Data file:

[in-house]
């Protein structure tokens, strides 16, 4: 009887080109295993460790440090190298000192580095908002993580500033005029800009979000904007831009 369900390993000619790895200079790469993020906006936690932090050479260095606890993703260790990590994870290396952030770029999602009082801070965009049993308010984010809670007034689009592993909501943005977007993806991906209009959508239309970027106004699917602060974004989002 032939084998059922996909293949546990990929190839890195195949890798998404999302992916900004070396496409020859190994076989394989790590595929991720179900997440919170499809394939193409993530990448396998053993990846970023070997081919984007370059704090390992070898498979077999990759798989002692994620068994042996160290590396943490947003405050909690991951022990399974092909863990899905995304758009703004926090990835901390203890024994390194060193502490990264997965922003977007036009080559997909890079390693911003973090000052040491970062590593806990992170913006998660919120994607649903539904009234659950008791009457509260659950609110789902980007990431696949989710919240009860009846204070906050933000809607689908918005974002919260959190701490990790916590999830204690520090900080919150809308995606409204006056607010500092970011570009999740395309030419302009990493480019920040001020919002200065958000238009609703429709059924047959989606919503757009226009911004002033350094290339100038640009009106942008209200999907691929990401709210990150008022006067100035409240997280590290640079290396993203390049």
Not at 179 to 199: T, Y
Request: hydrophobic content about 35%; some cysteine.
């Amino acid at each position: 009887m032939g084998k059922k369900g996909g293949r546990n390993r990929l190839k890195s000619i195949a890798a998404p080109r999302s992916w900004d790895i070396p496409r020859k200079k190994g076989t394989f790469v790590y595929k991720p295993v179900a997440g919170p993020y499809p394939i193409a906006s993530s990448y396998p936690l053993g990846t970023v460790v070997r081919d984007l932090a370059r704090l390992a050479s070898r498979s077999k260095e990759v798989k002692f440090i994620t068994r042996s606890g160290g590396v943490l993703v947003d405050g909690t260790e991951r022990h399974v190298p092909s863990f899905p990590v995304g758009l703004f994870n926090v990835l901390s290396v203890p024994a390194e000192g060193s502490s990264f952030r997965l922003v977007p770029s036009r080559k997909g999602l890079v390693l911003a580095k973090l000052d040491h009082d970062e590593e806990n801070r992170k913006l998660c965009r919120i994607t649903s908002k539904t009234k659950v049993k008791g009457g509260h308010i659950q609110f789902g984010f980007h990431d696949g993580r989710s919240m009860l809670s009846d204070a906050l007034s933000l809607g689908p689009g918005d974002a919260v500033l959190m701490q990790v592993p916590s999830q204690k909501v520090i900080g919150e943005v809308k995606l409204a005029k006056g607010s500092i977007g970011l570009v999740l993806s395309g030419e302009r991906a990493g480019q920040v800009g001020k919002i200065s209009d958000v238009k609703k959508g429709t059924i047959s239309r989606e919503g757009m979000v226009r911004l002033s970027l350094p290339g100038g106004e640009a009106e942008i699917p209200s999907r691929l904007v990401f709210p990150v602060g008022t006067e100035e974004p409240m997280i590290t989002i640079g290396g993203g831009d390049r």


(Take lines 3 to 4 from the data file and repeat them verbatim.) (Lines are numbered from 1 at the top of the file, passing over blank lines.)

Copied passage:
Not at 179 to 199: T, Y
Request: hydrophobic content about 35%; some cysteine.